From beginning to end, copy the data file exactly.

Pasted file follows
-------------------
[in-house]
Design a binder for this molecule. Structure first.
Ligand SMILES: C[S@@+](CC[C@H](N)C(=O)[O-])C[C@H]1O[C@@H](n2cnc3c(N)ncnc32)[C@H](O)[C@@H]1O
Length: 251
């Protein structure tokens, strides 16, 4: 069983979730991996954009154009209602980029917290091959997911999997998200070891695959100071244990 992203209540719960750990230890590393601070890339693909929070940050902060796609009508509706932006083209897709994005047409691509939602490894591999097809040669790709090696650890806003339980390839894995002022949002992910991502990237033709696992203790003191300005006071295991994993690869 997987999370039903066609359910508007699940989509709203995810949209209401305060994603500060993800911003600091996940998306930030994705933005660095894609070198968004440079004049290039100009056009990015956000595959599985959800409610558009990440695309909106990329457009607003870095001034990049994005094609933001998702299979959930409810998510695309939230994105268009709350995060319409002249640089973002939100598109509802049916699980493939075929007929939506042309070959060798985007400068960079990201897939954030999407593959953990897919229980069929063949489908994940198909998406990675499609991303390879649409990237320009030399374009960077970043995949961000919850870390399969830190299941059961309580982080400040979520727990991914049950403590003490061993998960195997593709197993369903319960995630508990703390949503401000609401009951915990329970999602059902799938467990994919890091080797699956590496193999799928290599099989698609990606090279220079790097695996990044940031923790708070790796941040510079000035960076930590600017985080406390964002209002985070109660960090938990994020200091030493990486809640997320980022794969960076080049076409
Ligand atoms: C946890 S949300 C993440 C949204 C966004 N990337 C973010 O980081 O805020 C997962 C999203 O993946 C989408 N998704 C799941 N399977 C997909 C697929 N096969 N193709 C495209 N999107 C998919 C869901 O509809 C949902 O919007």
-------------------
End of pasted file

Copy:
[in-house]
Design a binder for this molecule. Structure first.
Ligand SMILES: C[S@@+](CC[C@H](N)C(=O)[O-])C[C@H]1O[C@@H](n2cnc3c(N)ncnc32)[C@H](O)[C@@H]1O
Length: 251
């Protein structure tokens, strides 16, 4: 069983979730991996954009154009209602980029917290091959997911999997998200070891695959100071244990 992203209540719960750990230890590393601070890339693909929070940050902060796609009508509706932006083209897709994005047409691509939602490894591999097809040669790709090696650890806003339980390839894995002022949002992910991502990237033709696992203790003191300005006071295991994993690869 997987999370039903066609359910508007699940989509709203995810949209209401305060994603500060993800911003600091996940998306930030994705933005660095894609070198968004440079004049290039100009056009990015956000595959599985959800409610558009990440695309909106990329457009607003870095001034990049994005094609933001998702299979959930409810998510695309939230994105268009709350995060319409002249640089973002939100598109509802049916699980493939075929007929939506042309070959060798985007400068960079990201897939954030999407593959953990897919229980069929063949489908994940198909998406990675499609991303390879649409990237320009030399374009960077970043995949961000919850870390399969830190299941059961309580982080400040979520727990991914049950403590003490061993998960195997593709197993369903319960995630508990703390949503401000609401009951915990329970999602059902799938467990994919890091080797699956590496193999799928290599099989698609990606090279220079790097695996990044940031923790708070790796941040510079000035960076930590600017985080406390964002209002985070109660960090938990994020200091030493990486809640997320980022794969960076080049076409
Ligand atoms: C946890 S949300 C993440 C949204 C966004 N990337 C973010 O980081 O805020 C997962 C999203 O993946 C989408 N998704 C799941 N399977 C997909 C697929 N096969 N193709 C495209 N999107 C998919 C869901 O509809 C949902 O919007």